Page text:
Wesley J. Smith is a senior fellow at the Discovery Institute’s Center on Human Exceptionalism, and consults for the Patients Rights Council.

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How to Avoid Death Panels

From Web Exclusives

It shows the level of suspicion people have for government and the health care system that many of us distrust paying doctors to engage in end-of-life discussions. Indeed, during the run-up to the passage of Obamacare, Sarah Palin labeled a never-passed provision to pay doctors for such conversations, “death panels.” That political sound bite struck such a powerful chord that it quickly entered the lexicon. Continue Reading »

From Pro-Choice to Pro-Abortion

From Web Exclusives

For decades, the never-ending abortion debate has been summarized by the dueling sound bites of pro-choice and pro-life. Very slowly, but lately more steadily, the fundamental premise of pro-life advocacy—that abortion not only stills a beating heart, but takes a human life—has resonated with the American public. Indeed, the New York Times itself reports that “one of the most enduring labels of modern politics—pro choice—has fallen from favor” as a means of furthering abortion rights policies. Continue Reading »

The Power of Authenticity

From Web Exclusives

I recently watched my good friend Ralph Nader give a rousing speech before a standing-room only audience at the Commonwealth Club in San Francisco. The presentation was vintage Nader: He railed against the power of large corporations, used his biting sense of humor to poke the politically powerful, as he stepped on the toes of political friends (liberals foolishly won’t work with conservatives on issues of common interest because of a “yuck factor”) and foes alike, while happily spinning iconoclastic arguments ranging from an unexpected call for strong border enforcement (to protect wage levels) to urging government regulation of the emerging sharing economy such as Airbnb. Continue Reading »

Will Doctors Be Forced to Kill?

From Web Exclusives

The wailing and gnashing of teeth in some quarters over the modest Hobby Lobby decision has me worried. Apparently, many on the political port side of the country believe that once a favored public policy has been enacted, it immediately becomes a “right” that can never be altered or denied. More, once such a “right” is established for the individual, others should have the duty to ensure access—even at the cost of violating their own religious consciences. Continue Reading »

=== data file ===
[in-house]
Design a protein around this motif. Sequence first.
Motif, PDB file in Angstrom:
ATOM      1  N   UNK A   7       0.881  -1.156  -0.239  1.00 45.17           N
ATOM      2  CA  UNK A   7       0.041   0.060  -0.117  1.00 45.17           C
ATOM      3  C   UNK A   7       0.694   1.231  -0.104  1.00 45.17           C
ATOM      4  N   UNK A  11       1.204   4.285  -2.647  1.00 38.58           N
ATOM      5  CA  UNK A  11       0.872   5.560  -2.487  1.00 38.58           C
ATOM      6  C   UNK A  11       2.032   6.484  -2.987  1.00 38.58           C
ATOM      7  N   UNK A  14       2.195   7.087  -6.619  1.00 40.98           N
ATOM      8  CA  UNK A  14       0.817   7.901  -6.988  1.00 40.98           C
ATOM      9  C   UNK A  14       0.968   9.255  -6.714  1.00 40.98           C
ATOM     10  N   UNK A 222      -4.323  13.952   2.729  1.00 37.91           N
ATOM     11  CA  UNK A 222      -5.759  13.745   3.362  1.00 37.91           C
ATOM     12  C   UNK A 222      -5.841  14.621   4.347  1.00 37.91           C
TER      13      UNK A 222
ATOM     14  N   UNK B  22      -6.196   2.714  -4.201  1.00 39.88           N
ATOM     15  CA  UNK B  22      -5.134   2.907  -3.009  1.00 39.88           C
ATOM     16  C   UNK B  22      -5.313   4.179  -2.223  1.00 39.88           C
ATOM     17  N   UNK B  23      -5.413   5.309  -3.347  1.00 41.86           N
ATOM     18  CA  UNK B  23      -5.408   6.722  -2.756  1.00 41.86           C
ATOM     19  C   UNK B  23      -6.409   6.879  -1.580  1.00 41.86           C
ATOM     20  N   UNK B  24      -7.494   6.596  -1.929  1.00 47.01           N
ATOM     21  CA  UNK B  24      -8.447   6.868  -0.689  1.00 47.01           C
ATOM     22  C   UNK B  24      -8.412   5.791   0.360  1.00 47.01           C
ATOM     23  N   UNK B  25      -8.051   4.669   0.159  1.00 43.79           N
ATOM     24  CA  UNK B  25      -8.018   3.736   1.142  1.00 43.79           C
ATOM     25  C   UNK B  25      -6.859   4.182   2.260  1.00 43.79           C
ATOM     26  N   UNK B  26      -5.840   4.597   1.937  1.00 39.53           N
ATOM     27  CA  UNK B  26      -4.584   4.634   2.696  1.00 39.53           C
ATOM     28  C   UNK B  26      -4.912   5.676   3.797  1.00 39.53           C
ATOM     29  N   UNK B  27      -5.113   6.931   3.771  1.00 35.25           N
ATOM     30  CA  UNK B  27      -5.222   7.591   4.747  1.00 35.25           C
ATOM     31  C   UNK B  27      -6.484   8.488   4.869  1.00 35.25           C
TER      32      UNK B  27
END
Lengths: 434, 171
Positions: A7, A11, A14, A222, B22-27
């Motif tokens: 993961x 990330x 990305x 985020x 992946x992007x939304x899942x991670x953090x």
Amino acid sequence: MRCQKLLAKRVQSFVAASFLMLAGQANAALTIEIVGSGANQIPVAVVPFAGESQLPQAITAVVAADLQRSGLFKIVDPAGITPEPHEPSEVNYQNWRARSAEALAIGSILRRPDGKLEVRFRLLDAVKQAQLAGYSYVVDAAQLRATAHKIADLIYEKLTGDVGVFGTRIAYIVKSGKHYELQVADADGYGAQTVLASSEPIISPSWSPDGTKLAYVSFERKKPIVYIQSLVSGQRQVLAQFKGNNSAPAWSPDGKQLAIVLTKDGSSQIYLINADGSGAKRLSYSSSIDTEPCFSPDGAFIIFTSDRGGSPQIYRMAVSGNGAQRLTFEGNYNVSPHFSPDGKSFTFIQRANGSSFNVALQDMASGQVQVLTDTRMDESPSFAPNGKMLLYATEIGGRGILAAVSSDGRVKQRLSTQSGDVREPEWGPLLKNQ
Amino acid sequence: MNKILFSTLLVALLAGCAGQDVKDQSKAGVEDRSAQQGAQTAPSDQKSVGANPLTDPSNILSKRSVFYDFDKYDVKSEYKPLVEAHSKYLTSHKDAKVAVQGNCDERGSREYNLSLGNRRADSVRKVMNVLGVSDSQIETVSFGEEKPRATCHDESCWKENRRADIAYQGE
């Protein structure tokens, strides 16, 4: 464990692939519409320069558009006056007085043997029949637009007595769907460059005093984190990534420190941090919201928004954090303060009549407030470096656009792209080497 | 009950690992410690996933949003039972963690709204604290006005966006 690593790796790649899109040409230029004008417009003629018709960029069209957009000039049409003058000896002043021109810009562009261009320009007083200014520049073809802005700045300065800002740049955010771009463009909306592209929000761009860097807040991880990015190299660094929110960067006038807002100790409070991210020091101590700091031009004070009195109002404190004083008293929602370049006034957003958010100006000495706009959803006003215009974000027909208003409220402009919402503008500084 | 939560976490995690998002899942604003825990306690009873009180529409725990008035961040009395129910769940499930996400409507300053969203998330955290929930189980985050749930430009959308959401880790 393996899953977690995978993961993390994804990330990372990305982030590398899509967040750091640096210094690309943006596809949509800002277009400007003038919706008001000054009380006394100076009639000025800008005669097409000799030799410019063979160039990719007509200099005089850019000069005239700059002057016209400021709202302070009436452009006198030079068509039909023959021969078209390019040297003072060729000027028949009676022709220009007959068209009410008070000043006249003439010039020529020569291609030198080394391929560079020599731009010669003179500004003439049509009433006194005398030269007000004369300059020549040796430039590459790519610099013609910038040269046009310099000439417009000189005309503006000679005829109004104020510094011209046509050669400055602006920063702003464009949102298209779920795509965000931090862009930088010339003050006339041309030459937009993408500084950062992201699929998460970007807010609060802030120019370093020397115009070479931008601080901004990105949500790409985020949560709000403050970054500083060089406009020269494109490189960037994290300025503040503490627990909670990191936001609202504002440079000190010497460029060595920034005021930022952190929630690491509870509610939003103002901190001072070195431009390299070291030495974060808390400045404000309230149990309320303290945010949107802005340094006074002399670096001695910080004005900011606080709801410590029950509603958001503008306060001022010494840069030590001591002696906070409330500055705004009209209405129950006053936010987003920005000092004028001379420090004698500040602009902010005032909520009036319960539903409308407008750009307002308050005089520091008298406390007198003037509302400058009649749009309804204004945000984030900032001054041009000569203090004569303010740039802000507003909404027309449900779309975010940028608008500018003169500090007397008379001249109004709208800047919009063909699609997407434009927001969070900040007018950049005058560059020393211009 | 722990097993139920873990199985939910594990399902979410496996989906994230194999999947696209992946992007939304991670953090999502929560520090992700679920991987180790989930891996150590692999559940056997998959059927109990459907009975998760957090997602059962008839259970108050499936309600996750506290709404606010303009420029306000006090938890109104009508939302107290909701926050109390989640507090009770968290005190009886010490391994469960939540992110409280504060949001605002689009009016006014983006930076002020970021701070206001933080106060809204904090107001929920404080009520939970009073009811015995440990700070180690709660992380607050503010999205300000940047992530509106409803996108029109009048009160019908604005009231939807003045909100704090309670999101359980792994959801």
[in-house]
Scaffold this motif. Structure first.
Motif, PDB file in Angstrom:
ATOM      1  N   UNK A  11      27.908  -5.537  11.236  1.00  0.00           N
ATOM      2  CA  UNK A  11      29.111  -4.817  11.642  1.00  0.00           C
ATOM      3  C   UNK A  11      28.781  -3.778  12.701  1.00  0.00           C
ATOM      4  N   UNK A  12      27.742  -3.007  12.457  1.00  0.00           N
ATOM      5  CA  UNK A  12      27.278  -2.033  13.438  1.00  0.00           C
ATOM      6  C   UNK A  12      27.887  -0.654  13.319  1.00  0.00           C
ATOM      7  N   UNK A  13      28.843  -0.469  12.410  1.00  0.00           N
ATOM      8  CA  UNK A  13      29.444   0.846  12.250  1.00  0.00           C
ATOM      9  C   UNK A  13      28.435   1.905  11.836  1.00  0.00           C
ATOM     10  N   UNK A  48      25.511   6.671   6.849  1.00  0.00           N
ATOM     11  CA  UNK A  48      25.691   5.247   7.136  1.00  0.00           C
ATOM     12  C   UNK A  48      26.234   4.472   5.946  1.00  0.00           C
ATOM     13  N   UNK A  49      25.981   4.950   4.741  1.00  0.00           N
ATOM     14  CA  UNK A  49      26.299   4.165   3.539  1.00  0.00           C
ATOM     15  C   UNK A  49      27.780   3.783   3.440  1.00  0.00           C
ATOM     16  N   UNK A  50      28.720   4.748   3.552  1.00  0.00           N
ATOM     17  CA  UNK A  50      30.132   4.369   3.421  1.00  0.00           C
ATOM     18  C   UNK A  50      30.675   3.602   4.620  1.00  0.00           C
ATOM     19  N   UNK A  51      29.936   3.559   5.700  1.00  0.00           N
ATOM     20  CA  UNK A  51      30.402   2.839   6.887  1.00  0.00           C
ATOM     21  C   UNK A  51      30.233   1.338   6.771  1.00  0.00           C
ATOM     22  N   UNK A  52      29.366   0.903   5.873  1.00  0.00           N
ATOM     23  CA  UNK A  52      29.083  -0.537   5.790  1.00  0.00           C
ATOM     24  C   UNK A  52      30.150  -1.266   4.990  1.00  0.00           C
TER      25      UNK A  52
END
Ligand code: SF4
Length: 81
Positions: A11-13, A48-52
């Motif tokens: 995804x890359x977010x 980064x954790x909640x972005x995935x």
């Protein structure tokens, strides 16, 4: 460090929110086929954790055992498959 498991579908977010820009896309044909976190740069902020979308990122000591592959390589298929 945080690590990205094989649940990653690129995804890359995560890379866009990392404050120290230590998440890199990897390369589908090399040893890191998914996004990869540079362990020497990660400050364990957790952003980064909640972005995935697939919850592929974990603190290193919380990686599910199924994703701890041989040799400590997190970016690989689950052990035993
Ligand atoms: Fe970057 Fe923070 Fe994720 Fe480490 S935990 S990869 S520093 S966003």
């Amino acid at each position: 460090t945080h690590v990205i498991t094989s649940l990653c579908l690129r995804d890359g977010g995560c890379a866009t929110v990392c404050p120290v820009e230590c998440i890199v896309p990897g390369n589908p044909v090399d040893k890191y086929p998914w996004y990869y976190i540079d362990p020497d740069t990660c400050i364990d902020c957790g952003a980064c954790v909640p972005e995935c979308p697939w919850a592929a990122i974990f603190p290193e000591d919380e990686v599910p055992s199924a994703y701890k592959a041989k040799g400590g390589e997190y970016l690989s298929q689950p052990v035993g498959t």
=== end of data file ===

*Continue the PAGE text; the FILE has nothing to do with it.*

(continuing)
How We Portray Suffering and Suicide

From Web Exclusives

Those of us who have never experienced severe physical disability have no clue about the depth of suffering it can cause. But NPR’s megastar talk show host Dianne Rehm does, up close and personal. Her husband John had severe and progressive Parkinson’s disease, leading him to suicidal despair. John asked his doctor for assisted suicide. Told that was not possible, he starved himself to death—a process that euthanasia activists call “voluntary stop eating and drinking,” or VSED. Continue Reading »

A Tale of Different Funerals

From Web Exclusives

There’s a great old Twilight Zone episode (“Elegy”) in which future astronauts crash land on an asteroid that seems very much like earth. They look for help in a town—only to find all the people frozen in different tableaus: an unattractive woman winning a beauty contest, a man celebrating his election as mayor, etc. Continue Reading »

What Happened to Switzerland

From Web Exclusives

In 2008, bioethicist Yuval Levin in his book Imagining the Future: Science and American Democracy identified a subtle but momentous shift in the philosophical driver of the West:

The worldview of modern science . . . sees health not only as a foundation but also a principal goal, not only as a beginning but also an end. Relief and preservation—from disease and pain, from misery and necessity—become the defining ends of human action, and therefore of human societies.
Continue Reading »

The Joy of Orthodox Pascha

From Web Exclusives

One spring, a few years before I converted to Eastern Orthodoxy, my wife and I vacationed in Greece. On the plane we became friendly with a happy elderly Greek-American gentleman who told us excitedly that he was on a pilgrimage to the Holy Mountain (the monastic polity of Mount Athos) for Pascha. “Pascha?” I asked. “What’s Pascha?” . . . Continue Reading »